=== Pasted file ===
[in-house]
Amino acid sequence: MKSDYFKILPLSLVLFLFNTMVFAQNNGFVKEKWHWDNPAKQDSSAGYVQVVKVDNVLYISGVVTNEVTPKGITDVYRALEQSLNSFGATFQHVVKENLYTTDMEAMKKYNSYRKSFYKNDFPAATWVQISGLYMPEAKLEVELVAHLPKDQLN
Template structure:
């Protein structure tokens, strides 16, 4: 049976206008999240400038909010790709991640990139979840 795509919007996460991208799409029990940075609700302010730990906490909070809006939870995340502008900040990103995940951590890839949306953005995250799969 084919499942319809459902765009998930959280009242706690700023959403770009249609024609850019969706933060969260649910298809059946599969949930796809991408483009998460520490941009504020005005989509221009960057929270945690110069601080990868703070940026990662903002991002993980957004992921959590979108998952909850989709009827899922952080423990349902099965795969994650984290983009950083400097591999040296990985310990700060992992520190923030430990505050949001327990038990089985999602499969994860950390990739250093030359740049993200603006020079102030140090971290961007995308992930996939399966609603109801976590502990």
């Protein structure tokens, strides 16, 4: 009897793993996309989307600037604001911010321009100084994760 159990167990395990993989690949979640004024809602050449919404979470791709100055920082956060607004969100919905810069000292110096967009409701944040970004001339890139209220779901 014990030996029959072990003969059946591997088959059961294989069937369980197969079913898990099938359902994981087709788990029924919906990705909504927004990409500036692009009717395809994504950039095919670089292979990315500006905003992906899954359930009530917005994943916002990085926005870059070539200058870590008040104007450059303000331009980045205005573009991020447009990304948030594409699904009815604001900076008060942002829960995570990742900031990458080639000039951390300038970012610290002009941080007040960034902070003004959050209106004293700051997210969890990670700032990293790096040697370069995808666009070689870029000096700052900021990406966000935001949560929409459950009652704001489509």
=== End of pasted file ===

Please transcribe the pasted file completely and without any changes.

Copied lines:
[in-house]
Amino acid sequence: MKSDYFKILPLSLVLFLFNTMVFAQNNGFVKEKWHWDNPAKQDSSAGYVQVVKVDNVLYISGVVTNEVTPKGITDVYRALEQSLNSFGATFQHVVKENLYTTDMEAMKKYNSYRKSFYKNDFPAATWVQISGLYMPEAKLEVELVAHLPKDQLN
Template structure:
């Protein structure tokens, strides 16, 4: 049976206008999240400038909010790709991640990139979840 795509919007996460991208799409029990940075609700302010730990906490909070809006939870995340502008900040990103995940951590890839949306953005995250799969 084919499942319809459902765009998930959280009242706690700023959403770009249609024609850019969706933060969260649910298809059946599969949930796809991408483009998460520490941009504020005005989509221009960057929270945690110069601080990868703070940026990662903002991002993980957004992921959590979108998952909850989709009827899922952080423990349902099965795969994650984290983009950083400097591999040296990985310990700060992992520190923030430990505050949001327990038990089985999602499969994860950390990739250093030359740049993200603006020079102030140090971290961007995308992930996939399966609603109801976590502990």
């Protein structure tokens, strides 16, 4: 009897793993996309989307600037604001911010321009100084994760 159990167990395990993989690949979640004024809602050449919404979470791709100055920082956060607004969100919905810069000292110096967009409701944040970004001339890139209220779901 014990030996029959072990003969059946591997088959059961294989069937369980197969079913898990099938359902994981087709788990029924919906990705909504927004990409500036692009009717395809994504950039095919670089292979990315500006905003992906899954359930009530917005994943916002990085926005870059070539200058870590008040104007450059303000331009980045205005573009991020447009990304948030594409699904009815604001900076008060942002829960995570990742900031990458080639000039951390300038970012610290002009941080007040960034902070003004959050209106004293700051997210969890990670700032990293790096040697370069995808666009070689870029000096700052900021990406966000935001949560929409459950009652704001489509």